People with high profiles who are interested in health, humanitarian and social issues help WHO/Europe promote public health in the WHO European Region.
Mrs Evelin Ilves, First Lady of Estonia: Champion of Health for Noncommunicable Diseases (NCDs)
Through her advocacy, Mrs Ilves promotes breastfeeding, the reduction of childhood obesity and the strengthening of regulation of the marketing of food and beverages to children. Mrs Ilves spoke about the effects of marketing at WHO/Europe’s ministerial conference on NCDs, held in Turkmenistan in December 2013. Her training as a physician gives Mrs Ilves a strong interest in health and a personal commitment to the fight against NCDs.
Mrs Sandra Roelofs, First Lady of Georgia in 2004–2013: advocate for the health-related United Nations Millennium Development Goals (MDGs)
Mrs Roelofs has participated in a number of national and regional events and activities to advocate the MDGs. Highlights include: launching World AIDS Day on 1 December 2013 in Georgia; giving a video address to representatives of WHO, the United Nations Population Fund (UNFPA), the Joint United Nations Programme on HIV/AIDS (UNAIDS) and the United Nations Children's Fund (UNICEF) at a meeting on the elimination of mother-to-child transmission of HIV and congenital syphilis in June 2013; participating in an international conference on harm reduction in Vilnius, Lithuania, in June 2013; and speaking at a technical consultation on experiences and challenges in prevention of HIV in injecting drug users held in Kazakhstan in April 2012. Mrs Roelofs also addressed representatives attending the 61st session of the WHO Regional Committee for Europe in 2011.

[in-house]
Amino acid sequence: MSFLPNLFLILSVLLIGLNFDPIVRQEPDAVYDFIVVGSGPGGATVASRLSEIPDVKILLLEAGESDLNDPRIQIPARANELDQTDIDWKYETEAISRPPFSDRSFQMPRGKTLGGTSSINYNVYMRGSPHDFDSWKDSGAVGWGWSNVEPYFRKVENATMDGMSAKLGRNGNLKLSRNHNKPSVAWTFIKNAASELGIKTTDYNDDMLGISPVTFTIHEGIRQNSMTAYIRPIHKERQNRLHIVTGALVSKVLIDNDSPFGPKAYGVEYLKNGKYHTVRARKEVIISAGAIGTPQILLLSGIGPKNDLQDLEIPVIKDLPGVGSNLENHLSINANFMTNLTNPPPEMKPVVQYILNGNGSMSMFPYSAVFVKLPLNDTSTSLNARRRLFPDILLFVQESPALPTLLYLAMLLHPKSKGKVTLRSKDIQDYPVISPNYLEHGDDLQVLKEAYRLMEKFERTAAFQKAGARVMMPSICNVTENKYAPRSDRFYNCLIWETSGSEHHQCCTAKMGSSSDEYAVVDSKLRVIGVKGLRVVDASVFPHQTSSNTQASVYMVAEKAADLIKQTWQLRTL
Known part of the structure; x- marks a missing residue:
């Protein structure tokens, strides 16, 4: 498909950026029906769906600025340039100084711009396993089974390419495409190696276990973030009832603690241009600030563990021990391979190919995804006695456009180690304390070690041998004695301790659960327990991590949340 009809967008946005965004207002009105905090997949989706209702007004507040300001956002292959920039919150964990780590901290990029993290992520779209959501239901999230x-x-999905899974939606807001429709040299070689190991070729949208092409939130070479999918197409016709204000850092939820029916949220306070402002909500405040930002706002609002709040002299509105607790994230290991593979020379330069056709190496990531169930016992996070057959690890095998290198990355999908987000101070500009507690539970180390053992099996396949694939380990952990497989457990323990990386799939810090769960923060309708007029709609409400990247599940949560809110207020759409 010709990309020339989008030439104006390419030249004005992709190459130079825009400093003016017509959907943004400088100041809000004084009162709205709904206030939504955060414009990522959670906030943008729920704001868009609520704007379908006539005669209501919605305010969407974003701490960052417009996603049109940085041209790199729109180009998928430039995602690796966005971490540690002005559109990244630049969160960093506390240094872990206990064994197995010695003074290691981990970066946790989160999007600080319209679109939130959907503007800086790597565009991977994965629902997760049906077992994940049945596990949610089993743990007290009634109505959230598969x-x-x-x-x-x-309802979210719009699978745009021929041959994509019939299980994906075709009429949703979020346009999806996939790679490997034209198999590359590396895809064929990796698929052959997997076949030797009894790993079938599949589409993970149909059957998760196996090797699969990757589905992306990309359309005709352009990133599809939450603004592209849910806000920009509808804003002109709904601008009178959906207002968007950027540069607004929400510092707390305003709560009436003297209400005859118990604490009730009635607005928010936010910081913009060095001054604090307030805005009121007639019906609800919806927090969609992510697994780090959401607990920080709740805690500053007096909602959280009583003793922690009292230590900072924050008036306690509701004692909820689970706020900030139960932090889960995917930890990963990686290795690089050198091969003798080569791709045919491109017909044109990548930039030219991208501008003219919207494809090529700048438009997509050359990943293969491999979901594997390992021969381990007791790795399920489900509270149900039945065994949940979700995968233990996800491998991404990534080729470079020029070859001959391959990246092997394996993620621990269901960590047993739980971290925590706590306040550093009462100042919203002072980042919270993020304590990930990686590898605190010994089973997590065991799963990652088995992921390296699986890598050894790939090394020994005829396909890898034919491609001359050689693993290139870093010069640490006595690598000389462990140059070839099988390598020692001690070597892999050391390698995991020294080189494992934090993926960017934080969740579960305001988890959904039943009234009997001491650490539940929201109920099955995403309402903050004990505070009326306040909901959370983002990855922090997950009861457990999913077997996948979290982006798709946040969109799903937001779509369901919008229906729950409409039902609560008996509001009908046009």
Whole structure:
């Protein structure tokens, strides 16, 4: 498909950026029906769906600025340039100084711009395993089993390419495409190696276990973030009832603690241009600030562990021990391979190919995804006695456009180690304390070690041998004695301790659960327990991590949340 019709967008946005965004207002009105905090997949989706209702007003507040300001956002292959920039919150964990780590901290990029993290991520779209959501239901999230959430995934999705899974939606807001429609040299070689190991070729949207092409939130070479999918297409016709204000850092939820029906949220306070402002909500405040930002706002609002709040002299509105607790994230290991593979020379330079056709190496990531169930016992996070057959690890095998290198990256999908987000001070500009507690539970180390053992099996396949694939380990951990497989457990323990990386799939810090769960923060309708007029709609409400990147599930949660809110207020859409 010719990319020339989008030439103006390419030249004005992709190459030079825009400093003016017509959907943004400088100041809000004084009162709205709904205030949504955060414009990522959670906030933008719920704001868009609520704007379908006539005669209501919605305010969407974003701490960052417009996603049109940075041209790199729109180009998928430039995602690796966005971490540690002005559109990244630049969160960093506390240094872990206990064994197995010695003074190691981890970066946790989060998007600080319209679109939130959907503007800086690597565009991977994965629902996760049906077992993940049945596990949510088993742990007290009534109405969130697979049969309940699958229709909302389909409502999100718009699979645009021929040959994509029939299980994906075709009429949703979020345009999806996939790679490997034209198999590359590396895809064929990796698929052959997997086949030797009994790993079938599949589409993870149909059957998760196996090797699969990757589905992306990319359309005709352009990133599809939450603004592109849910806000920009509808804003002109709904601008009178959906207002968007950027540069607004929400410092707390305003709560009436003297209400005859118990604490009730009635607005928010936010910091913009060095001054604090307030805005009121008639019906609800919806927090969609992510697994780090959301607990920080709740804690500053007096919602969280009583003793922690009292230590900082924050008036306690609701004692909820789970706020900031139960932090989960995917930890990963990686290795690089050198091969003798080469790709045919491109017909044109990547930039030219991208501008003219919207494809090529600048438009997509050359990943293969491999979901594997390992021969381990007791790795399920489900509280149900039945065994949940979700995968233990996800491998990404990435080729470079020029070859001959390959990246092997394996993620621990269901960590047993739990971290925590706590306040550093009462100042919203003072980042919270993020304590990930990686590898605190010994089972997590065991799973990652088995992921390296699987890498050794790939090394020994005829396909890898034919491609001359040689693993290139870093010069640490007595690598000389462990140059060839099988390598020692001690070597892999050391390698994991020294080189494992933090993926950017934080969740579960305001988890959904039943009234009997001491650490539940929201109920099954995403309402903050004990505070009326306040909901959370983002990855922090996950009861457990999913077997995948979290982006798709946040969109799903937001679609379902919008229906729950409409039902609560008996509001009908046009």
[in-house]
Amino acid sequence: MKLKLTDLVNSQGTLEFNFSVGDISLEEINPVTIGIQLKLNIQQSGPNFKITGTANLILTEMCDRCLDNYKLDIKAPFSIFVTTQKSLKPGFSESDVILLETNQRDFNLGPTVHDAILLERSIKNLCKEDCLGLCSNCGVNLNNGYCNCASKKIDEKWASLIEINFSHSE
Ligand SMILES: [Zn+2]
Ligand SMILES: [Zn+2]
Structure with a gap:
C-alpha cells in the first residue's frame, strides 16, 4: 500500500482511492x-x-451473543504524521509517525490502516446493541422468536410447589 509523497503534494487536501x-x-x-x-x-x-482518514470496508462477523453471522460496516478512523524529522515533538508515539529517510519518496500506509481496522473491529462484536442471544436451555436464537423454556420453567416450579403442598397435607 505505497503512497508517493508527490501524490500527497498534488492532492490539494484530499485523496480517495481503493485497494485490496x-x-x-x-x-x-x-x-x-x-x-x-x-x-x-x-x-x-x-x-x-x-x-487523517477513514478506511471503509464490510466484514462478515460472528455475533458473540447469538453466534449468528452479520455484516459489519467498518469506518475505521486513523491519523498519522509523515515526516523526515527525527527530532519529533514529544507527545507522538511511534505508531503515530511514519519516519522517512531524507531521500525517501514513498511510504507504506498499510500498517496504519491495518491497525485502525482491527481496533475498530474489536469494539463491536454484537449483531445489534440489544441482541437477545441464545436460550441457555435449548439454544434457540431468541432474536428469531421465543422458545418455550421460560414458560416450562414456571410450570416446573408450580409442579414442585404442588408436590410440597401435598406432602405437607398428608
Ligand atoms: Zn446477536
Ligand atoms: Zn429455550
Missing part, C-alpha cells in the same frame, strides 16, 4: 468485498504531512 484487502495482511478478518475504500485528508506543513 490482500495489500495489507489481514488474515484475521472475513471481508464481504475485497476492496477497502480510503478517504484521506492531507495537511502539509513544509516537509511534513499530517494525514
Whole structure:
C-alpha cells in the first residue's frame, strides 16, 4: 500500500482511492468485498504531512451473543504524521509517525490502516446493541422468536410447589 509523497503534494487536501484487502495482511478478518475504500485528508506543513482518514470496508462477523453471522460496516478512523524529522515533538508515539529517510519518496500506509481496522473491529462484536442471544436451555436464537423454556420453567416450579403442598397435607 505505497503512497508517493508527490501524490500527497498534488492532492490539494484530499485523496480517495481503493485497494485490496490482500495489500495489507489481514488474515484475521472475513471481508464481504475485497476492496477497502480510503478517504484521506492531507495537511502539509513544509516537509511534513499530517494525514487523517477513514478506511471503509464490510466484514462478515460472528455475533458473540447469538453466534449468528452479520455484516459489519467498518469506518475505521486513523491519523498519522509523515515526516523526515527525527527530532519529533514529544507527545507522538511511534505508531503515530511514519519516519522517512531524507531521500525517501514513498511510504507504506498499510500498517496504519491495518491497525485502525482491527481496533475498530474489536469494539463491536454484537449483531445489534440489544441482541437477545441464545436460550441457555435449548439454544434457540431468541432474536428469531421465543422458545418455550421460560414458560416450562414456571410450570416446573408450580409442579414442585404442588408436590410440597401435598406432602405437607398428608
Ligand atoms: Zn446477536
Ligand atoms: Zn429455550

Her Majesty Queen Mathilde of Belgium
Queen Mathilde was WHO Special Representative for Immunization. She opened the 2010 European Immunization Week at a launch event in Brussels, organized with the European Centre for Disease Prevention and Control (ECDC) and UNICEF. In 2012, she visited Albania to meet frontline health care workers, and produced a video on their importance in delivering health care services.